They've got that great '70s look of a name like Ercol or Gplan that is
bang on trend.
Sue's friends and neighbours have turned out in force
to help us reach our target.
Her mum, Maureen, has volunteered for the toy stall.
Taking charge of bric-a-brac are Sam and Rhian.
And Nathan's running cakes and refreshments.
Team Sash, ready to go.
Thank you so much for turning up today,
because, without all of you,
this would not work.
We need to raise £600 here today.
It's a jolly big ask,
when you look on the lawn and you see what we've got to sell, OK?!
But obviously we're going to be relying on teas, coffees,
People will want to buy into this,
because it's for someone very special here in your community, OK?
They want to be part of this.
In true Sue style,
she's turned up with her group to help.
She thinks the money we're raising is for general good causes,
she has no idea it's all for her.
I think I like that.
It's so inspiring to see how the community
has looked for great items to donate.
The '70s dining chairs are a set,
complete with two carvers... The ones with arms.
..which should tempt the buyers.
Presentation's key, really,
we've got to make sure that people look at these chairs and go,
"Actually, you know, it's a half decent set of six."
It's not four, you know, crammed together.
Give them some space...
And then you kind of move down here and then there's another two,
so it is a set of six.
And remember Tim's dull hat stand?
It was in good nick,
so we painted it with pillar box red gloss paint.
Just look at it now.
Look at how vibrant it is, now.
and in my opinion you'd find that in a very fashionable high-street shop,
retailing for about £40, £50.
It's going to the street auction today.
Now, I hope that we can make somewhere towards that figure.
'A whole new look for just a couple of pounds.
'Now, I want to speak to Sue's friends without her knowing.
'Time to send in secret agent Tim.'
Now, I need to put this up. You're the closest.
Could you give me a hand putting it up by the gazebo, for me?
-Is that OK?
-Yeah, that's fine, that's fine.
-You follow me. I'm Tim. You're Sue?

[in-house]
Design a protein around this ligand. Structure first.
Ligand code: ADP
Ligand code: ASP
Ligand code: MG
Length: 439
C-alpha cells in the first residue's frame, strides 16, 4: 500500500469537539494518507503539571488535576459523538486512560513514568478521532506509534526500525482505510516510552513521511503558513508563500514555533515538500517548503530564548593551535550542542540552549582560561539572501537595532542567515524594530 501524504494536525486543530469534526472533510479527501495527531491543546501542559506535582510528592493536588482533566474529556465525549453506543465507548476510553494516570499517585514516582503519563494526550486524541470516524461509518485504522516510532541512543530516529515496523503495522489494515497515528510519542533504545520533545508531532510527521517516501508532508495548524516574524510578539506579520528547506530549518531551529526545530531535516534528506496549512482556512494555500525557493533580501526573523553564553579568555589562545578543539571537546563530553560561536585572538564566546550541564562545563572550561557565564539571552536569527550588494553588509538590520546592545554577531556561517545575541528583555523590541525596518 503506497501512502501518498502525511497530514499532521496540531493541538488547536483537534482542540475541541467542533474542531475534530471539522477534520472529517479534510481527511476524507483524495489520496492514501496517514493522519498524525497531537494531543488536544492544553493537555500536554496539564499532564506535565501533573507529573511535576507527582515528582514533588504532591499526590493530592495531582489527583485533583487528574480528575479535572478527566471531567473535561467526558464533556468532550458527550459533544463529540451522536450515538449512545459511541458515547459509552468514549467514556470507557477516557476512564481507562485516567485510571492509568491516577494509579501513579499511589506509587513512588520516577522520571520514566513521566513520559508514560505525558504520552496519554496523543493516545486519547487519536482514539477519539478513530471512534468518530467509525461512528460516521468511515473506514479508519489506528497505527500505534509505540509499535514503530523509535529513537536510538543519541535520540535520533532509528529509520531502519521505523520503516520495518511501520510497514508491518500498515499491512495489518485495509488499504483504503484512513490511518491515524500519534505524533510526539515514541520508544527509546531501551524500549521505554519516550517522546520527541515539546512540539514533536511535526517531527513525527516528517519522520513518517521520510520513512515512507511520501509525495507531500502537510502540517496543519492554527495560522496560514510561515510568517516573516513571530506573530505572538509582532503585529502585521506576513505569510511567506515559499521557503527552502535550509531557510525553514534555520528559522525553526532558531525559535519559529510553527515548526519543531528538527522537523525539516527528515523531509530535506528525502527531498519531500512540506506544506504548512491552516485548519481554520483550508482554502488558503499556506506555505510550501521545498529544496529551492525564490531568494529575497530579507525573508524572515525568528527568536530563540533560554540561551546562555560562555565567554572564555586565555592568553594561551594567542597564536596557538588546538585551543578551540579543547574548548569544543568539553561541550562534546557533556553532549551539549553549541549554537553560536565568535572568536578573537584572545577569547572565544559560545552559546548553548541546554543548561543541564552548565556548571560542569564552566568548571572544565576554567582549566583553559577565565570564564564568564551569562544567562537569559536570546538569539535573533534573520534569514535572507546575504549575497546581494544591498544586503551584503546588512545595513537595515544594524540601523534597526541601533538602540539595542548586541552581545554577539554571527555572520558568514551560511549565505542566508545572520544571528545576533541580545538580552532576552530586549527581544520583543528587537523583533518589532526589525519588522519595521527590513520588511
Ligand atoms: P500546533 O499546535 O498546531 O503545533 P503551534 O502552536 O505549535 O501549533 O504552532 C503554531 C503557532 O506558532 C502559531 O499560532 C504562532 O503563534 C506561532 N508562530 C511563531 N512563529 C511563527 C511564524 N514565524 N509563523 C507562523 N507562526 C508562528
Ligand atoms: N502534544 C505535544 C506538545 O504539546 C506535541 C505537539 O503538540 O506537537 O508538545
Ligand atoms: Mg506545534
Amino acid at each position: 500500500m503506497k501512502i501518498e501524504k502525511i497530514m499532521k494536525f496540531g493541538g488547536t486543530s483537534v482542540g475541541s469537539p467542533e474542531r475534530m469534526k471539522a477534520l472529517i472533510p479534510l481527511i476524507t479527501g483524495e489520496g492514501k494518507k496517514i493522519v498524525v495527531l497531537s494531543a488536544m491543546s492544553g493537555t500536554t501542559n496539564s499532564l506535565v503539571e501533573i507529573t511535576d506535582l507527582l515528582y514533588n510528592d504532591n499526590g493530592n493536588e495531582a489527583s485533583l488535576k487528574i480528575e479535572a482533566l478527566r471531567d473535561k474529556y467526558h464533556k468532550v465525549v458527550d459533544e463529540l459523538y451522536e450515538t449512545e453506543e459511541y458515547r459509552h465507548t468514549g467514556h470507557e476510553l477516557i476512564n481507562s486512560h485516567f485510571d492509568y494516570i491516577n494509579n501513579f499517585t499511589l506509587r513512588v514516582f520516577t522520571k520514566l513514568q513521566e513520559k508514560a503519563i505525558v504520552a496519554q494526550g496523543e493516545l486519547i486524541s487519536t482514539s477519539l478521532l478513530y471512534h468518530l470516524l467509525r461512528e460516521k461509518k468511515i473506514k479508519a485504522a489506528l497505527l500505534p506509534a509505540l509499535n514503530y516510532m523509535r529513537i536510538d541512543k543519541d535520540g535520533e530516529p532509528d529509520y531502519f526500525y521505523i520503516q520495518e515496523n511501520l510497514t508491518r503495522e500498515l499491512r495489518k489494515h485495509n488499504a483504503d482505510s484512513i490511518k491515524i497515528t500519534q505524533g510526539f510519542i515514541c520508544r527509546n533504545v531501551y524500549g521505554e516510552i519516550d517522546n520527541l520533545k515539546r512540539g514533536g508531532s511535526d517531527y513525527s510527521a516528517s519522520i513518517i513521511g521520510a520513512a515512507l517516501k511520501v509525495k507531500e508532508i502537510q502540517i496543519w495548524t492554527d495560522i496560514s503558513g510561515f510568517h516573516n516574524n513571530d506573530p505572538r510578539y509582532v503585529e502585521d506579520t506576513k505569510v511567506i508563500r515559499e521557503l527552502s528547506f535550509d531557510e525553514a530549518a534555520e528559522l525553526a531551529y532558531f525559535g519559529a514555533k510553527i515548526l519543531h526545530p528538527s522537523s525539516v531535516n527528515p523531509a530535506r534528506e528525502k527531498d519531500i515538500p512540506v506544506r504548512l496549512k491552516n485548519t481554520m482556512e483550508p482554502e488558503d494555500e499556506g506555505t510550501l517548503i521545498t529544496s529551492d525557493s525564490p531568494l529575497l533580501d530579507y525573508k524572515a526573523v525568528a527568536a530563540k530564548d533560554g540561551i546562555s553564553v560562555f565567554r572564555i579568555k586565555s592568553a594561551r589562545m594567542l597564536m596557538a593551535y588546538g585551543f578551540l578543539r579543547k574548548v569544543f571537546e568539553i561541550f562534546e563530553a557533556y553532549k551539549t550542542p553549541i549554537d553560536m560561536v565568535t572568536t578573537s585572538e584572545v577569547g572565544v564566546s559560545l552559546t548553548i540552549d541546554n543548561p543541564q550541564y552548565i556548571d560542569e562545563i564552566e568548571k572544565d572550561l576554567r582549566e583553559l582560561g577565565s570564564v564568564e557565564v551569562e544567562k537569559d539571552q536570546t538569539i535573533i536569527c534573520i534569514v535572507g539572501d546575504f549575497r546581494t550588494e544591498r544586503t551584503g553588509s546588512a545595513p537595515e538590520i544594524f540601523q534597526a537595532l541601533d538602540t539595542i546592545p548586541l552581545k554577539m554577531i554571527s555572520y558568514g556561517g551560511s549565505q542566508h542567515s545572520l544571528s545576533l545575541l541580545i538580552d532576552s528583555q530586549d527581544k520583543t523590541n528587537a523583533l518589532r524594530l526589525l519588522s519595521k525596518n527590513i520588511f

-Nice to meet you, Sue.
-Nice to meet you.
-We're going to...
I'm going to take you for a long walk, actually, I'm afraid.
Mission accomplished. Now I can move in.
It's looking good, girls, it's looking good.
-Andrea... Can't see your badge?
-Gloria. Pam. Queenie.
-Thank you for helping us out.
-That's very... You're very welcome.
-Has it been hard keeping this a secret?
What's Sue been saying?
What's she been saying?
Nothing, because she's...
She's absolutely in the dark. She has no idea whatsoever.
So, I'm seeing a lot of Crafty Women T-shirts,
there's a lot of Crafty Women here. What is Crafty Women?
-We meet up every week and just craft and have fun and have a laugh.
-And celebrate being a woman!
-Yeah, no, absolutely. Good for you.
Oh, I love it.
Tell me a bit about Sue. What sort of person is she?
She doesn't realise how much support she gives everybody else,
and she doesn't realise what she means to us.
And I think this, hopefully,
will go some way towards showing what an amazingly special person
she really is.
There we go. Is it...
Are we going to get it to stretch?
If not, I can always tie it.
Luckily, you guys made us two.
She's still up there, just.
How will she react to this? At the end of the day?
-Oh, definitely. Yeah.
She will be stunned for all of about 30 seconds,
-and then it'll be, "Oh, my God!"
And then, "You, you didn't tell me you were in it!"
Oh, well, that's quite nice, isn't it?
'Now, I've heard something about Sue that I want to check out.
'If anyone knows the answer, it's this lot.'
Hey, look, there's something I've got to ask you
before Sue comes back, OK?,
I'm keeping my eye on her,
she's still out there putting bunting up with Tim.
Tell me about Peter Andre.
Yeah, she absolutely adores Peter Andre.
She was quite ill at the beginning of the year,
and she'd been given tickets to see him in concert for Christmas
in Cardiff, but, even though she was so ill,
she still managed to drag herself up and, oh, off she went,
and she had... Oh, she just had a great time.
She's got CDs, posters, and calendars of him.
I think he genuinely is a really nice guy.
Good luck! I'll see you at the end of the day. I'll come check...
'Well, that's given me an idea.
'And I'm going to work on it.'
As for the earlier idea about making extra money from the goalposts,
I'll let Tim do the hard work while I go off to meet a familiar face.
I remember, at the rummaging day,
I saw this chap driving down the street,
and started chasing after him, saying "Help!"